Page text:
The Department of Health isn’t Prepared in the Face of the Dengue Epidemic

The DS has only managed to vaccinate 19 children, it lacks materials and resources, and its equipment and facilities are obsolete to face the sustained increase in cases.

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Photo courtesy of Centers for Disease Control and Prevention

Even though dengue is endemic in Puerto Rico and that there is currently an emergency due to this virus, the Department of Health (DS, in Spanish) has not taken basic actions to prevent and protect citizens or provide guidance on the available vaccine for children between the ages of nine and 16, an investigation by the Center for Investigative Journalism (CPI) found.

The agency has only managed to fully vaccinate 19 children since the vaccine was introduced in Puerto Rico in 2022, which is less than 0.01% of the population in this age group, and almost all have been from San Juan.

To date, 1,033 cases have been reported since the beginning of the year, exceeding the expected epidemiological threshold. Most of the cases being seen are of a type of dengue for which most people in Puerto Rico do not have immunity, said Julieanne Miranda, associate director of the Puerto Rico Science, Technology, and Research Trust’s Vector Control Unit.

It is unknown how many of the more than 300,000 minors between the ages of nine and 16 would qualify for the vaccine, since large-scale screening tests are not carried out, which are essential because only those who have had dengue before receiving the doses can be vaccinated. The agency itself estimates that five out of every 10 children between those ages have had dengue in Puerto Rico, so about 150,000 minors would be eligible.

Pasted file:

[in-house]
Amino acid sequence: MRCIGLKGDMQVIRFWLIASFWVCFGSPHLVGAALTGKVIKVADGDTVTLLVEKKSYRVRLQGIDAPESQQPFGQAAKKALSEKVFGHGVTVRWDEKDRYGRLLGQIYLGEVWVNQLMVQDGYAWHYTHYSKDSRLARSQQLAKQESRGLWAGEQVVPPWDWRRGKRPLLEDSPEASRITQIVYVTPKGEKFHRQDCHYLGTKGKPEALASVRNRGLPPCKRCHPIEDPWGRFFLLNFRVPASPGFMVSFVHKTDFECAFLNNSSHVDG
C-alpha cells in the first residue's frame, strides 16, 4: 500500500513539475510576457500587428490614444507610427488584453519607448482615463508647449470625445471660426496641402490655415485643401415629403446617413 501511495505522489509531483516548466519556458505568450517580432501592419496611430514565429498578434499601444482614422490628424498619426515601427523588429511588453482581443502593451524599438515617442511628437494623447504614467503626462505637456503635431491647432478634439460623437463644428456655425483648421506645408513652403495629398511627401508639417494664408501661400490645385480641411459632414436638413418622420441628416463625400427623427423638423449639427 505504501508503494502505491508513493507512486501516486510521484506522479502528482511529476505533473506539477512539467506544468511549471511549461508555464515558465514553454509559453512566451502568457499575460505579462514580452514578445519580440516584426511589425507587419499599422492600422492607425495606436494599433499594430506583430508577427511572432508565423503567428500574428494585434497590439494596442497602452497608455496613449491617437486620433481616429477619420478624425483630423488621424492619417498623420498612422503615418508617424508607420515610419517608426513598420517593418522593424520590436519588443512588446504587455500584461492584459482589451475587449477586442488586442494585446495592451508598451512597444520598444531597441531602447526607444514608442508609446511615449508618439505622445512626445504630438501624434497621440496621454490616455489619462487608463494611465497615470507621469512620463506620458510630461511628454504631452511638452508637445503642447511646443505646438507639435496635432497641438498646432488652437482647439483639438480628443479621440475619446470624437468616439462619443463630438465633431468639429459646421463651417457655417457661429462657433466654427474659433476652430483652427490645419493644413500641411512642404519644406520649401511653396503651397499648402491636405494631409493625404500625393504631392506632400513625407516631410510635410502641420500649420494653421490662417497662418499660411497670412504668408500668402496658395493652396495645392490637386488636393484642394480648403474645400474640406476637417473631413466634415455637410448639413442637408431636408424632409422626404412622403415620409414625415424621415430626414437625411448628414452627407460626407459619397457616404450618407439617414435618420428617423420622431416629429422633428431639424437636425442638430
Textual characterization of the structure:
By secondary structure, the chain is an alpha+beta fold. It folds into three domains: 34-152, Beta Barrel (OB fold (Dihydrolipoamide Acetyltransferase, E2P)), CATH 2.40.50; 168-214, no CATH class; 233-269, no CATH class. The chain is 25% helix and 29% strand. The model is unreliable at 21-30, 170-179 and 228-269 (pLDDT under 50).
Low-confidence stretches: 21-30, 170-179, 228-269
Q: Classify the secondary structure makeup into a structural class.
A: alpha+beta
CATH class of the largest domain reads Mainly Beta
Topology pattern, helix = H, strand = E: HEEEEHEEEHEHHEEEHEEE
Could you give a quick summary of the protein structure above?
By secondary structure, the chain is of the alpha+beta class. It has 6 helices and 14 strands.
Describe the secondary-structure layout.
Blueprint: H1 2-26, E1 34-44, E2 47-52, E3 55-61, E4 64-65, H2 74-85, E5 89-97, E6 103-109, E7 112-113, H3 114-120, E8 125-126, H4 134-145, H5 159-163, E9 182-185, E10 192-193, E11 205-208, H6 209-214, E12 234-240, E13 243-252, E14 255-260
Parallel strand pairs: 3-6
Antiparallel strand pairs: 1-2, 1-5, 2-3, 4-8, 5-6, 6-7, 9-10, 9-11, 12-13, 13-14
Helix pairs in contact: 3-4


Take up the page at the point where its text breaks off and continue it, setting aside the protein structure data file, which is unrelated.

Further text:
Few diagnostic tests have also been done. This year, the Health Department has carried out 3,327 molecular tests and 1,399 IgM (test that detects antibodies), according to data provided by the Office of the DS’s Chief Medical Officer. These tests are key to treating other lethal diseases that can be confused with dengue in time , such as leptospirosis, influenza, and malaria, said several infectious disease specialists interviewed.

The low number of diagnostic tests carried out by the DS responds to the lack of infrastructure to process the samples in Puerto Rico, said the experts and officials interviewed. The low vaccination rate is attributed to very few people knowing that this vaccine exists and to the logistical challenges for inoculation, according to the experts interviewed. Also, the DS recognizes in its own Strategic Plan for Integrated Vector Management published in 2023, that it does not have the resources, facilities, or technology necessary to address the dengue emergency.

For more than four months, cases have been exceeding what was expected and two months ago a dengue-related emergency was declared. Still, less than 20 children and teens among possible vaccination candidates have received the full dose, even though the vaccine has been available in Puerto Rico since 2022.

The DS’s trivial action in recent months adds to years of official abandonment of the dengue issue in Puerto Rico, despite predictions of an increase in the prevalence of the virus due to the jump in the mosquito reproduction rate because of the high temperatures generated by climate change at a global level. For example, a massive orientation campaign has not been kept up and periodic fumigation efforts in the municipalities have been reduced. In addition, the processing of diagnostic tests remains centralized in San Juan.